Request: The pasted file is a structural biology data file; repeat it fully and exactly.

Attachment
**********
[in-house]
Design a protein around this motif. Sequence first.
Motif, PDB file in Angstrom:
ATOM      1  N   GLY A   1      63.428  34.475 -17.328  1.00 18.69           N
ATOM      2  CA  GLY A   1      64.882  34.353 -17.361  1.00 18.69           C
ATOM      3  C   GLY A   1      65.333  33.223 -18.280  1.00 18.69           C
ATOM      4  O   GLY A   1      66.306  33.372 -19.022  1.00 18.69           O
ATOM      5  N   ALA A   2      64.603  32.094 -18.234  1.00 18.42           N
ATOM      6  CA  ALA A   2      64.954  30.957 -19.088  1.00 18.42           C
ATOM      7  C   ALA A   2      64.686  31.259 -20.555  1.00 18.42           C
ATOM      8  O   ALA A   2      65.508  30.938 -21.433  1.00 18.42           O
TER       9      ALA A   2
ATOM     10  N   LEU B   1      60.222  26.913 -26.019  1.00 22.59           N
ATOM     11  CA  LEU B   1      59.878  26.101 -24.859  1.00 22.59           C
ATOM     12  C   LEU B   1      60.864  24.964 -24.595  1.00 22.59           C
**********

[in-house]
Design a protein around this motif. Sequence first.
Motif, PDB file in Angstrom:
ATOM      1  N   GLY A   1      63.428  34.475 -17.328  1.00 18.69           N
ATOM      2  CA  GLY A   1      64.882  34.353 -17.361  1.00 18.69           C
ATOM      3  C   GLY A   1      65.333  33.223 -18.280  1.00 18.69           C
ATOM      4  O   GLY A   1      66.306  33.372 -19.022  1.00 18.69           O
ATOM      5  N   ALA A   2      64.603  32.094 -18.234  1.00 18.42           N
ATOM      6  CA  ALA A   2      64.954  30.957 -19.088  1.00 18.42           C
ATOM      7  C   ALA A   2      64.686  31.259 -20.555  1.00 18.42           C
ATOM      8  O   ALA A   2      65.508  30.938 -21.433  1.00 18.42           O
TER       9      ALA A   2
ATOM     10  N   LEU B   1      60.222  26.913 -26.019  1.00 22.59           N
ATOM     11  CA  LEU B   1      59.878  26.101 -24.859  1.00 22.59           C
ATOM     12  C   LEU B   1      60.864  24.964 -24.595  1.00 22.59           C